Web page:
Car should have seen Elaine Herberg, say experts.
Footage released by Arizona police of the Uber autonomous vehicle crash that killed 49-year-old Elaine Herberg has raised fresh concern over the failure of the car to react to the pedestrian in the road.
The 14-second video shows two views, one external facing forwards and one internal, showing the Uber operator who police have identified as 44-year-old Rafaela Velasquez.
As the Volvo test car drives down a dark road, Herberg suddenly appears in the car’s headlights and the video pauses before she is fatally struck. The victim’s stepdaughter, Tina Marie Herzberg White, told the Guardian that there should be a criminal case brought forward.
Warning: The footage could be distressing to watch
Tempe police chief Sylvia Moir gave an interview to a San Francisco newspaper earlier this week and said that the initial evidence showed that the Uber wasn't at fault, but robotics expert Ryan Calo from Stanford University said on Twitter that the video footage raises questions of why the car's tech systems didn't pick the woman up.
'I watched the video of the driverless car collide with Ms Herzberg and I simply disagree that it absolves Uber,' he explained. 'She had already crossed half of the street. Why didn't lidar pick her up? If Arizona police conclude no fault just from this video, it may be due to a lack of understanding of driverless cars plus automation bias.'
Uber has suspended its self-driving test programme and issued a statement on Wednesday which said: ‘The video is disturbing and heartbreaking to watch, and our thoughts continue to be with Elaine’s loved ones. Our cars remain grounded, and we’re assisting local, state and federal authorities in any way we can.’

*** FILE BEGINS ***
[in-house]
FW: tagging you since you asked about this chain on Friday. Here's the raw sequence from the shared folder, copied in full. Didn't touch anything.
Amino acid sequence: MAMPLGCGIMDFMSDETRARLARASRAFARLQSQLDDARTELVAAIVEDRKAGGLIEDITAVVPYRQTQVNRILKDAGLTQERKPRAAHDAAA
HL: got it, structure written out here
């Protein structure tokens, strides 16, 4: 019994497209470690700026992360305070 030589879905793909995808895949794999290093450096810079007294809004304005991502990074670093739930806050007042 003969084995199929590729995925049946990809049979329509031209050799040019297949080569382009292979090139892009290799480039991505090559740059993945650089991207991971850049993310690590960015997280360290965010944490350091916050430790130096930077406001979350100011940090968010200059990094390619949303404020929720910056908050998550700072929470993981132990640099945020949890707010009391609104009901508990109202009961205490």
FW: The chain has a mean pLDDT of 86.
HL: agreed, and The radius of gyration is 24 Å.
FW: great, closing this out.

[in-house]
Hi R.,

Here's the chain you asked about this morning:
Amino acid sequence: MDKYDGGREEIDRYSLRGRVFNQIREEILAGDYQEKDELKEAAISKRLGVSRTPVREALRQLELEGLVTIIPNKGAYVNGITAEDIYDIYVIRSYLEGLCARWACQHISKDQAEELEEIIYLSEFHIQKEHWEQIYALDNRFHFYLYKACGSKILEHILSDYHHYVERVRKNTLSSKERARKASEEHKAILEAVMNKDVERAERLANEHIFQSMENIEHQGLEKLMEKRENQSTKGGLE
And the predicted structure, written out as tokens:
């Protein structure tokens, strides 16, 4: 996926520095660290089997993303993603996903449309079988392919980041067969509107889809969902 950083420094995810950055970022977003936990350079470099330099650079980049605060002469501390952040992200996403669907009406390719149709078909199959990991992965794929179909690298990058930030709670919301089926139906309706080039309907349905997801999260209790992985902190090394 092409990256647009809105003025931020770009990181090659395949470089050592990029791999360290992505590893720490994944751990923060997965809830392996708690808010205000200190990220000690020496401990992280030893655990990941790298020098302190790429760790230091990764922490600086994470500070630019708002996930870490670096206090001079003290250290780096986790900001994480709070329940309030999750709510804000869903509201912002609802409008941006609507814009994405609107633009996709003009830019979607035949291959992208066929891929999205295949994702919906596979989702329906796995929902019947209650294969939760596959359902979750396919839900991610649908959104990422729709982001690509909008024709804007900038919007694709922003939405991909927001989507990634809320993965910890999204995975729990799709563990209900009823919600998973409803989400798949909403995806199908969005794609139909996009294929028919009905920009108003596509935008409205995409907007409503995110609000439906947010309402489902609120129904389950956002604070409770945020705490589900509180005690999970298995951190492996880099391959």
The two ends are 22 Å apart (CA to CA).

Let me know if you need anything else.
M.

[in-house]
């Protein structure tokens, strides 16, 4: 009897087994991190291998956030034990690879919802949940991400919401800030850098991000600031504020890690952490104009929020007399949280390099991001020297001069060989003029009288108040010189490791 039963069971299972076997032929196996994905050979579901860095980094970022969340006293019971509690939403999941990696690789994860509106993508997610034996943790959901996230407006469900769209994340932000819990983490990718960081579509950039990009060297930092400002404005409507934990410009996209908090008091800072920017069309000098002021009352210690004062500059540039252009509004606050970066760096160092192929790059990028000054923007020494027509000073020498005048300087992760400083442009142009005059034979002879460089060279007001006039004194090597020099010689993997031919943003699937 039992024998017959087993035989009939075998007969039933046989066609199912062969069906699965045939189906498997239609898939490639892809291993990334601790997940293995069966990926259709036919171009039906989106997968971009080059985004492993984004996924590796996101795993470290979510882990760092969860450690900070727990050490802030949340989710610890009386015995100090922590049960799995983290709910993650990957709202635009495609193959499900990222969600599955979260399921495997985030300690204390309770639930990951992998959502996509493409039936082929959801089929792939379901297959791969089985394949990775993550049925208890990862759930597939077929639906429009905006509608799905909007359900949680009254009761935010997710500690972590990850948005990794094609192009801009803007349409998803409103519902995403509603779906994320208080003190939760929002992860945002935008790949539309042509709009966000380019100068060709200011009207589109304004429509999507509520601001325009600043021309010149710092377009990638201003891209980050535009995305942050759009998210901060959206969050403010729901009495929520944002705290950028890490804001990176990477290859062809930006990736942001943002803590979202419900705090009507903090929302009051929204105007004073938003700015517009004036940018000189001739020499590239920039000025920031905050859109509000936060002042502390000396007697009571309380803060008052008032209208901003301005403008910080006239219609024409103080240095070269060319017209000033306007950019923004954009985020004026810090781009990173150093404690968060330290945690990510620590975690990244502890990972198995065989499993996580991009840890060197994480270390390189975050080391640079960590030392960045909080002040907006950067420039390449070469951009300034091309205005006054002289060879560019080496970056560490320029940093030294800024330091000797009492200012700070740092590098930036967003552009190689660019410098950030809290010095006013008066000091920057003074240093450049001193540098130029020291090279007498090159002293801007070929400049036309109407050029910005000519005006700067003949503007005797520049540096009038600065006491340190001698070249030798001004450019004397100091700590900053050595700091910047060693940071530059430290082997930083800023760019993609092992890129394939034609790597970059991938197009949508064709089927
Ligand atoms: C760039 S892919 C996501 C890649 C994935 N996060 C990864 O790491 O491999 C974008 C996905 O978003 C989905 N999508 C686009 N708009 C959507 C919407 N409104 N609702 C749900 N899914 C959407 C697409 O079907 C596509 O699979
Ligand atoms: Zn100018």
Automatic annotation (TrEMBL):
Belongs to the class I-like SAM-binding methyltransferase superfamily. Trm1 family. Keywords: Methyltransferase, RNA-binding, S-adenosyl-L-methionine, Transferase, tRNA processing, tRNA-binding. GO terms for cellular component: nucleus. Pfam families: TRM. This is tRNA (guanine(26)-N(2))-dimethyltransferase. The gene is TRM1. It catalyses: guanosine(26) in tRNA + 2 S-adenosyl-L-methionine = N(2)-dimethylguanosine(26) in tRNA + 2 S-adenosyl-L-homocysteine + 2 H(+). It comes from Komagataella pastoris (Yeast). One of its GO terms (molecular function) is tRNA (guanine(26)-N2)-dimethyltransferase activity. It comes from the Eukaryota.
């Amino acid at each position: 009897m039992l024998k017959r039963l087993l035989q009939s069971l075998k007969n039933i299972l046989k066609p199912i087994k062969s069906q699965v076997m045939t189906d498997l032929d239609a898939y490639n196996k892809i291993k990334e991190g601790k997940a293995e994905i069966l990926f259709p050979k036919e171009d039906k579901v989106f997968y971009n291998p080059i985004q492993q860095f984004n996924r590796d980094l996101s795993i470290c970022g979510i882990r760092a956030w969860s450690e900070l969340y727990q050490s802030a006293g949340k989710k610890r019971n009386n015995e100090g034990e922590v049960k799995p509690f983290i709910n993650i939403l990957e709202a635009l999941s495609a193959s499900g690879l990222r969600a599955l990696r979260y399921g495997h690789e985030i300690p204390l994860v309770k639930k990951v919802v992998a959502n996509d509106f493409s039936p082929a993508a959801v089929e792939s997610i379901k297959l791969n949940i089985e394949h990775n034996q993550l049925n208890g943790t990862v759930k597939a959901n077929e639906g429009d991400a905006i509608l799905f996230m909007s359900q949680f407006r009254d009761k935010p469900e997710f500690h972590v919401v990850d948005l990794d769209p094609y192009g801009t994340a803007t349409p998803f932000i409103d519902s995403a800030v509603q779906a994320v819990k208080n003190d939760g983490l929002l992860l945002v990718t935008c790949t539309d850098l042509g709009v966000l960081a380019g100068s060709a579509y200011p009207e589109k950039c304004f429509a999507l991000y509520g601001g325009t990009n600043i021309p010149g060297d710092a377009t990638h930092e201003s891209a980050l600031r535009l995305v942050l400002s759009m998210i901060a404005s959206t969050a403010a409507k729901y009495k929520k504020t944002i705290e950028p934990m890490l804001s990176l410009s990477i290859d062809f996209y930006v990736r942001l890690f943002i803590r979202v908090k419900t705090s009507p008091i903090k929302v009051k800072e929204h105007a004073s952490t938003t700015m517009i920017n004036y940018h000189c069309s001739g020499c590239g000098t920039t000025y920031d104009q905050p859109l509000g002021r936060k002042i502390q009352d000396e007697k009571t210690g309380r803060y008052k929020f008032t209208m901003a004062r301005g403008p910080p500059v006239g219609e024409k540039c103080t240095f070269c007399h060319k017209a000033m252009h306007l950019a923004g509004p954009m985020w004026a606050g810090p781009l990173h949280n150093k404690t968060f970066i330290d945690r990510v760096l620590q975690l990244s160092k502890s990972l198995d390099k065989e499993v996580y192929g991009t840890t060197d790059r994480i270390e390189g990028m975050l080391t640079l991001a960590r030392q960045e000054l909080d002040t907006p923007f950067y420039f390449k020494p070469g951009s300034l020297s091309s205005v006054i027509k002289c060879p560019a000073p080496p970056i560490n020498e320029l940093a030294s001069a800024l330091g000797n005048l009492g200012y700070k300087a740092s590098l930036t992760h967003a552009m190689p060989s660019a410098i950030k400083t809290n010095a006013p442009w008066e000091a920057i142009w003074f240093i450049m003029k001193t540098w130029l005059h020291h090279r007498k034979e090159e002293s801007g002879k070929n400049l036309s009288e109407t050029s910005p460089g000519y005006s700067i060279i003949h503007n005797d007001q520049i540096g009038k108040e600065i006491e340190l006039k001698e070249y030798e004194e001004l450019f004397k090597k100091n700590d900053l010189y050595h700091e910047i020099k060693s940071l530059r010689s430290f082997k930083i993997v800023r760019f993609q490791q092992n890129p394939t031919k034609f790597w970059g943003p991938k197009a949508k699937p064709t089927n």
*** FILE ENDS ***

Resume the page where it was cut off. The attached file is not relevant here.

Details are still sketchy, not helped by the apparent confusion of local police. The self-driving Volvo test vehicle was heading north on North Mill Avenue in Tempe, Arizona having just crossed a bridge over the Salt River.
Police apparently said the car was travelling 38mph in a 35mph zone, but signage on the road indicates that the Volvo was in an area marked with a 45mph speed limit.
The human safety driver, Rafaela Velasquez, was on hand to ensure that the car remained safe, but appeared distracted in the video clip released by the police.
Herberg was struck by the car, which made no apparent attempt to slow down or change course, while crossing the road with her bicycle.
Self-driving cars like Uber’s Volvo XC90 SUV are equipped with roof-mounted lidar systems which use laser beams to generate a 360-degree impression of the car’s surroundings. Such a system would be expected to detect obstacles hundreds of metres away, even in the dark.
Radar systems are used to detect obstacles closer to the car, such as other vehicles on the road, in order to maintain a safe distance in traffic.
The police investigation will want to establish what went wrong with the technology in the car and why Velasquez was not in a position to respond quickly to an emerging incident.